On May 20th 2016, the FDA released an updated design for the Nutrition Facts Label that must be present on all packaged food. Scientific understanding about nutrition and its link to diseases such as obesity and heart disease has advanced significantly in the 20 years since the original design was released; the redesigned label aims to reflect this new information.
What's changed on the Nutrition Facts Label?
- An updated design that highlights the most important areas of the Label, e.g. calories
- ‘Added sugars’ are now included on the Label, both as grams and Daily Value percentage
- The precise nutritional information that’s required has changed in some instances, for example ‘Calories from Fat’ is no longer a necessity but it can be included voluntarily
- Daily Values for nutrients have been updated to fit with today’s scientific understandings
- Serving sizes have been updated to reflect the increased portion sizes that consumers now expect, e.g. one serving of ice cream is now classed as 2/3 cup instead of ½ cup
- Packaging must now be taken into account when stating how many servings a product contains. Even if a product comes in two different sizes of packaging, if consumers are likely to eat/drink the larger product in one sitting, it must be classed as one serving.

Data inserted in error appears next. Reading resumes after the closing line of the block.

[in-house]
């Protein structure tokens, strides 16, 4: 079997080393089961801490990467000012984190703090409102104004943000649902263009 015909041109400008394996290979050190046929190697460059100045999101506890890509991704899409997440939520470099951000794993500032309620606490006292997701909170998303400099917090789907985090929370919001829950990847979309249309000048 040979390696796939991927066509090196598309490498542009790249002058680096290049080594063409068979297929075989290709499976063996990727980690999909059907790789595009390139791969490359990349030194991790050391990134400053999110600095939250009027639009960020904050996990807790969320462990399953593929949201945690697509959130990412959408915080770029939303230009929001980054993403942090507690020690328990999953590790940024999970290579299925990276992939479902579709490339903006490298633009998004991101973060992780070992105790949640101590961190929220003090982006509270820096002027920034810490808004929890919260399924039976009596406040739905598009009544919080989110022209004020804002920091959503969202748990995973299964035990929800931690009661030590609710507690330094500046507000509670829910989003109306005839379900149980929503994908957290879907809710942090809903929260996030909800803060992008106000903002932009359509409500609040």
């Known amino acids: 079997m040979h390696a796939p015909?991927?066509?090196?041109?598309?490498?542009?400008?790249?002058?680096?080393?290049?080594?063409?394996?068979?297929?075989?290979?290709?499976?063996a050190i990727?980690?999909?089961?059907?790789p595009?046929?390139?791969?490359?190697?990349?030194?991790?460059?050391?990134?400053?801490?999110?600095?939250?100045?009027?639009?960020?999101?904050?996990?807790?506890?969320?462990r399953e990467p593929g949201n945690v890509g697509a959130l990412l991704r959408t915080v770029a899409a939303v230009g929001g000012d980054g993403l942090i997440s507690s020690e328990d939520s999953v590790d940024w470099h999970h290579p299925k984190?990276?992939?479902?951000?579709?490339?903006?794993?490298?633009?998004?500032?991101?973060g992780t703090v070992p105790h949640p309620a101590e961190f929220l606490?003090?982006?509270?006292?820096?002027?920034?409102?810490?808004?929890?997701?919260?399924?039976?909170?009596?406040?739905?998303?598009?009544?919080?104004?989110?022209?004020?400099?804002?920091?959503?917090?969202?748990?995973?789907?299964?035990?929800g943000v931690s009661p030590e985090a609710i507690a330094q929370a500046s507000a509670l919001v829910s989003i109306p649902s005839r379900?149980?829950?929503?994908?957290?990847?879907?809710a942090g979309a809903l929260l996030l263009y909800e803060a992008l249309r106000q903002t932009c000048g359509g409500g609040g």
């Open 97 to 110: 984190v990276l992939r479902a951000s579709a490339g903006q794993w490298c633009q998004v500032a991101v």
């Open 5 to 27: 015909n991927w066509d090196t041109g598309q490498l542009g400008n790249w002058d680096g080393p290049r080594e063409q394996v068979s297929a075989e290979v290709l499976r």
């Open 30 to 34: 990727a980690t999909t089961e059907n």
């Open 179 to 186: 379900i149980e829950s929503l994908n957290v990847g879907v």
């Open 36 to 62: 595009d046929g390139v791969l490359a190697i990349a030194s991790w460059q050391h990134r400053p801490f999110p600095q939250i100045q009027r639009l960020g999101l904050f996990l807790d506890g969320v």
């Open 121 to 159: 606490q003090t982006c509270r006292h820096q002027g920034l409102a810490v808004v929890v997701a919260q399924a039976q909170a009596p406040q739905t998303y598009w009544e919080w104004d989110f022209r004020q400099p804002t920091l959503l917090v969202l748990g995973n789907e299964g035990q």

- The required list of vitamins has been changed to reflect what nutritionists currently believe to be the more important for our overall health. Vitamins A and C will no longer the required, but Vitamin D and potassium will be. Calcium and iron must still be included.
What's does the new Nutrition Facts Label look like?
A sample label (made from a fictional product) can be seen below:
When will the new Nutrition Facts Label be released?
Manufacturers have until July 26th, 2018 to update their product Labels to the new design. Smaller companies with less than $10million in annual food sales have an additional year.
Foods imported to the United States will also need to feature the updated design.
Why has the Nutrition Facts Label been changed?
It is hoped that the updated design will help consumers to make better informed choices about their food and drink purchases and consumption.
Updating serving sizes to show the amount purchases are likely to consume, rather than the amount they ‘should’ consume gives people a more accurate understanding of the calories they are eating. With the previous label, serving sizes were often classed as less than what someone would normally eat. If the consumer didn’t realize this, they may have believed they were having the calories, fat, sugar, etc. stated on the label, when in fact they were eating much more.
As America’s obesity epidemic continues to grow, the FDA believes that adding more information to the Labels and highlighting the amount of calories in a larger font to make it obvious will encourage consumers to shop more healthily.
What do you think of the updated Nutrition Facts Label? Do you think it will change your shopping habits and encourage you to eat healthier? Let us know in the comments below.
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